Miguel is the perfect coyote: dedicated, single-minded, his record unblemished. His home is the winding path of the migrant: the back alley gravel, the crumbled pavement, and last - the ...
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'Think KIDS meets Midnight Cowboy.' EKAJ is a film packed with real life drama and a real sense of humor. The film capture's a naive teen's runaway journey to one of the most difficult ... See full summary »
Friends head off to the remote island of Martha's Vineyard to celebrate New Year's Eve and reconnect. As tensions rise, an unforeseen presence halts celebrations and instead turns their holiday into a fight to live through to the new year.
David has lost his girlfriend and his mind. Capps Crossing is his only refuge. When six hikers make the mistake of choosing Capps Crossing to spend the weekend, David will stop at nothing to make sure they never come back.
Circumstances is a full - feature film about a group of impoverished young adults who believe that the only way out of their situations are through the illicit trades of human trafficking, ... See full summary »
R. Simone Brown
An easily frustrated and wise-cracking charter bus driver from the mid-west loses everything after being fired. Desperately, he moves in with his crazy cousin to become a mailman in the rough urban area of Cleveland, Ohio.
Paula Jai Parker,
Miguel is the perfect coyote: dedicated, single-minded, his record unblemished. His home is the winding path of the migrant: the back alley gravel, the crumbled pavement, and last - the river. Despite this perfect record, Miguel is no stranger to death. His nickname, "El Maldito" hints of what we will soon see for ourselves, for Miguel seems haunted by the dead and dying. He comes upon them on desert roads; he hears their confessions, and takes part in their dying wishes. Miguel's house, much like the man himself, stands alone; yellowed photographs breathe the sigh of a life given over to a singular purpose - crossing his people to a new life. There are signs that this quiet struggle is soon to break. When a terrible wreck draws Miguel to the roadside, the order of his life comes to ruin, for Elena, the wreck's lone survivor, recognizes Miguel.Written by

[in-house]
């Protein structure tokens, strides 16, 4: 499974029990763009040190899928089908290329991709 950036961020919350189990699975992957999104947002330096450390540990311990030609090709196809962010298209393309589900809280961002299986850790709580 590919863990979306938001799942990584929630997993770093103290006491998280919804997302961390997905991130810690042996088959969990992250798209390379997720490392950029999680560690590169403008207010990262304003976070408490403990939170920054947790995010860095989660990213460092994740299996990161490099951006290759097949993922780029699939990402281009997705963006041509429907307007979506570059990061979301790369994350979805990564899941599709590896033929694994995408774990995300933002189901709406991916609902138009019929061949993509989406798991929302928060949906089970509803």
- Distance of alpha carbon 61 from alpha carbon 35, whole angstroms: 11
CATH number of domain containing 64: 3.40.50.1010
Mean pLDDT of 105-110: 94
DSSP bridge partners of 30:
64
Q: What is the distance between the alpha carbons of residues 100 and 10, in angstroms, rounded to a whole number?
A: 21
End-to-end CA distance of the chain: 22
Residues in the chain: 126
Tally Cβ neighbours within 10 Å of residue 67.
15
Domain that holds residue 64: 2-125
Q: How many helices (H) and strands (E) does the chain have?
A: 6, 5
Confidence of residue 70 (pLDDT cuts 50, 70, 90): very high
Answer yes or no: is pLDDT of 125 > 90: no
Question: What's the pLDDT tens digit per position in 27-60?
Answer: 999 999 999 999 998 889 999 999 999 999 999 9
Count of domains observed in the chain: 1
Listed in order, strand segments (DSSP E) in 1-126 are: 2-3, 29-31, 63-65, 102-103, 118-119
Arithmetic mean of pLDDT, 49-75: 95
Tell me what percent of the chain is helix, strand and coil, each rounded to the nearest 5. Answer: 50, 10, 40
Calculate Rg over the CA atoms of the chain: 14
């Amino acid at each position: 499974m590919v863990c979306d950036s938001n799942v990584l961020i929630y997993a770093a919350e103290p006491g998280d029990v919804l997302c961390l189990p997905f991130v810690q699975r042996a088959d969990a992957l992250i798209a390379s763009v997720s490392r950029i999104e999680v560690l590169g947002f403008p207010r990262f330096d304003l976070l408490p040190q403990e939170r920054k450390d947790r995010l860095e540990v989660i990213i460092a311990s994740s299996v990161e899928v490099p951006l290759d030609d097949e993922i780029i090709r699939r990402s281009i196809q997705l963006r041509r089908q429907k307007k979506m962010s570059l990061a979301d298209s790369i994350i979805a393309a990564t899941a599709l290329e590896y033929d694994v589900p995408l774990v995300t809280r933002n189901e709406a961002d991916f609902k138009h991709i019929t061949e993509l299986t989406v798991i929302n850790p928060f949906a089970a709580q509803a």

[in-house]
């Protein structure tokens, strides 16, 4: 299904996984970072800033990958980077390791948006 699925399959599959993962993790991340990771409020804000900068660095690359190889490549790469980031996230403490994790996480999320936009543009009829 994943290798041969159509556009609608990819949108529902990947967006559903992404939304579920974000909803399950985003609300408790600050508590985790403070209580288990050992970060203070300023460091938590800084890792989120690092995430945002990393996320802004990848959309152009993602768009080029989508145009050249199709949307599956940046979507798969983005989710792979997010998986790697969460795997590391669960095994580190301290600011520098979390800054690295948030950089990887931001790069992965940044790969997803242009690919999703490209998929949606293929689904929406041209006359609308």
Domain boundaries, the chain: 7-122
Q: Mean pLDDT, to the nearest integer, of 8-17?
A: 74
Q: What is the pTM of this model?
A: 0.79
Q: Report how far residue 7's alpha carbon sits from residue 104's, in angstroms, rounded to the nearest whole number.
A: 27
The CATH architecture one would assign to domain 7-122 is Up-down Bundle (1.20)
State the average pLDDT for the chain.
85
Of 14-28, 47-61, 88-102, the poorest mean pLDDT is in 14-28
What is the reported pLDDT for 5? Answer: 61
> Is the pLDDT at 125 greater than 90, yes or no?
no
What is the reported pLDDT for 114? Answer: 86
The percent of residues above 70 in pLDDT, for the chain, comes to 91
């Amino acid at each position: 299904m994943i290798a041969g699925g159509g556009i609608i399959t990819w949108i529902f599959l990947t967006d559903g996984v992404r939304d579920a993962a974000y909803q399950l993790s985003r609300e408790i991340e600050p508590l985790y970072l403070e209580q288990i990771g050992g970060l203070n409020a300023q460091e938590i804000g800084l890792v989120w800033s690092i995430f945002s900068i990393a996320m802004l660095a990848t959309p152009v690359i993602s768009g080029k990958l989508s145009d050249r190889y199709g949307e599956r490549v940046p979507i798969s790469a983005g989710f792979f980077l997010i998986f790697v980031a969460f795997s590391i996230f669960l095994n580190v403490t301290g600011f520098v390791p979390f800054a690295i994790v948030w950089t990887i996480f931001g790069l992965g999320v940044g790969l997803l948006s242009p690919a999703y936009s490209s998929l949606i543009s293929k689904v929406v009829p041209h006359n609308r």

In these days of a proposed border wall between The United States and Mexico, Greg Morgan's "The Boatman" couldn't be better contextually situated. Morgan's dramatic yet emotional thriller weaves the tale of the mysterious coyoté Miguel, played with starkness and darkness by Oscar Torre, who manages to offer violence and the promise of deliverance in a singularly taut performance.
It comes to pass that no one's better than this lone coyoté at migrating Mexicans into America, but of course there's an inevitability to that track record that Morgan then leverages with great aplomb. This is no way a brainless action-only film, and our growing emotional stake heightens when Elena - played by Noemi Dunbar - enters Miguel's life as his alleged daughter. It's a great installation of an undercurrent by Morgan which allows us to then make our own alluring investment in the film's progression and outcome.
The biggest of many wins "The Boatman" achieves is the uniqueness of space Morgan carves out for his film, as he somehow melds the tell-it-with-truth flagship indie credo with the alluring elements of the best major studio action films. From its acting to its deliberately chosen methods of cinematography, this is beautifully crafted cinema from the top of the checklist on down.
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